From when records began in 1776 until 2011, the residents of Youngstown, Ohio, had never experienced an earthquake. However, in December 2010, Northstar 1, a well built to pump wastewater produced by fracking in the neighbouring state of Pennsylvania, came online. Over the following year, seismometers in and around Youngstown recorded 109 earthquakes, including a 3.9-magnitude tremor on 31 December 2011.
When a team led by Won-Young Kim of Columbia University analysed the Youngstown earthquakes, they found that their onset, cessation and even temporary dips in activity were all tied to the activity at the Northstar 1 well. The first earthquake occurred 13 days after pumping began, and the tremors ceased shortly after the Ohio Department of Natural Resources shut down the well in December 2011. Earthquake activity dipped in the periods after US public holidays and when injection at the well was temporarily stopped.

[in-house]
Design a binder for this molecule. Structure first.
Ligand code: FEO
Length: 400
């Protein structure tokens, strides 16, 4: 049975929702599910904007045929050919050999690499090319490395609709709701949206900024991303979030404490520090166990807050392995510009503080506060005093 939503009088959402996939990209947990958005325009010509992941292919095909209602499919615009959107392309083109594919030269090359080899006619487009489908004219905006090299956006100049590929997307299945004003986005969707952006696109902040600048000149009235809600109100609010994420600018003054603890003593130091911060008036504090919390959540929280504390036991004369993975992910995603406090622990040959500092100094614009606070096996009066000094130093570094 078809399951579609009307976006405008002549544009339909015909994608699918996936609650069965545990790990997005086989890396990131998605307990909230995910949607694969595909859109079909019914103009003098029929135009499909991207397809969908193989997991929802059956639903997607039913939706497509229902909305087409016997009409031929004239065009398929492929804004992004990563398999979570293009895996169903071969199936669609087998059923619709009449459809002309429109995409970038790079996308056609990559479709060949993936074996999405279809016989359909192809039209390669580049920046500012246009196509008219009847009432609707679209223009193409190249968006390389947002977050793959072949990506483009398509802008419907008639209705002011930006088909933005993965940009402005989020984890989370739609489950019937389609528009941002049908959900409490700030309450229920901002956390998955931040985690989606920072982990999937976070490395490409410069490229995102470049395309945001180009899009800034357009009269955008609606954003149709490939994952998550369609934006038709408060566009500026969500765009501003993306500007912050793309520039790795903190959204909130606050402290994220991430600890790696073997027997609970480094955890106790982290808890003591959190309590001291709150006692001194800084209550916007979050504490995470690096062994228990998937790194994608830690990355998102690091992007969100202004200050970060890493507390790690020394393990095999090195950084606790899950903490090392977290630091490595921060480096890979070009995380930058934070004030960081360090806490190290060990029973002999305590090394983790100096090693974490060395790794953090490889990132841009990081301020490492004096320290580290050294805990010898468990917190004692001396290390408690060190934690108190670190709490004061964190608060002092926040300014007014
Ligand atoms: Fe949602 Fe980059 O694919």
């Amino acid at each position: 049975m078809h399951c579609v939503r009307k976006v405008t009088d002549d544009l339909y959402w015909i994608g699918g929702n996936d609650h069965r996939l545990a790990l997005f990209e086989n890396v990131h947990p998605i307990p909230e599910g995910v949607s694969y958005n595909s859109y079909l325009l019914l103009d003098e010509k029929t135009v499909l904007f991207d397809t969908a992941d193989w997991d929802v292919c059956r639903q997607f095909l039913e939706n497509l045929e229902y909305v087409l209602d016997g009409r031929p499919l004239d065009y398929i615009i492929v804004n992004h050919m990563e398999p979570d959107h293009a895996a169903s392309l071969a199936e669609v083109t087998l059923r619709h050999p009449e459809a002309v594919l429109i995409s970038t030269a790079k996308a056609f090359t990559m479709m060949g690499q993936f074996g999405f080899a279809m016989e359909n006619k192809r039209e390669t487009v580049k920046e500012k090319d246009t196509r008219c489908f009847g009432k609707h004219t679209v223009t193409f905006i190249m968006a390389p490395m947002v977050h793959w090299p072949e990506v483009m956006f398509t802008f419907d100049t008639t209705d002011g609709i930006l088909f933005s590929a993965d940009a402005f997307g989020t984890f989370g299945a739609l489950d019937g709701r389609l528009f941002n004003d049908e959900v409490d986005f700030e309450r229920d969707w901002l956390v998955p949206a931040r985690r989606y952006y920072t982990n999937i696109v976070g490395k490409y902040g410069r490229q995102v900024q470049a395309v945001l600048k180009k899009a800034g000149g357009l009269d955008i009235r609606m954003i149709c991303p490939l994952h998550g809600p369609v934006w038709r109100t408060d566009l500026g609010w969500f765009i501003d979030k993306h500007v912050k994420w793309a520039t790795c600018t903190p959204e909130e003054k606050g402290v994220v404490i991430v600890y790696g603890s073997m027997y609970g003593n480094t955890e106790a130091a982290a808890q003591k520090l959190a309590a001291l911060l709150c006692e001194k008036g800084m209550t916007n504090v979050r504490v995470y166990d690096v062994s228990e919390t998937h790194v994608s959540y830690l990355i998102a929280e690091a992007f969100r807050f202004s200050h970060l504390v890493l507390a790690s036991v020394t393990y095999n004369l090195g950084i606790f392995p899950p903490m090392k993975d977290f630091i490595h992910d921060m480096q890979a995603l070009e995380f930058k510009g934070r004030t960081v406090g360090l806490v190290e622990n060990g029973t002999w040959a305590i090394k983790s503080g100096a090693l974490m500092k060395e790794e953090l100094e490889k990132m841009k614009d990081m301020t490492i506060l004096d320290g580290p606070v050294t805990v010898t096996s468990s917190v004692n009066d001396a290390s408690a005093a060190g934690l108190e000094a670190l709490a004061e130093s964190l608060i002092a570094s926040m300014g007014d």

‘The earthquakes were centred in subsurface faults near the injection well,’ Kim said. ‘These shocks were likely due to the increase in pressure from the deep waste water injection, which caused the existing fault to slip. Throughout 2011, the earthquakes migrated from east to west down the length of the fault away from the well – indicative of the earthquakes being caused by an expanding pressure front.’
This story was published in the October 2013 edition of Geographical Magazine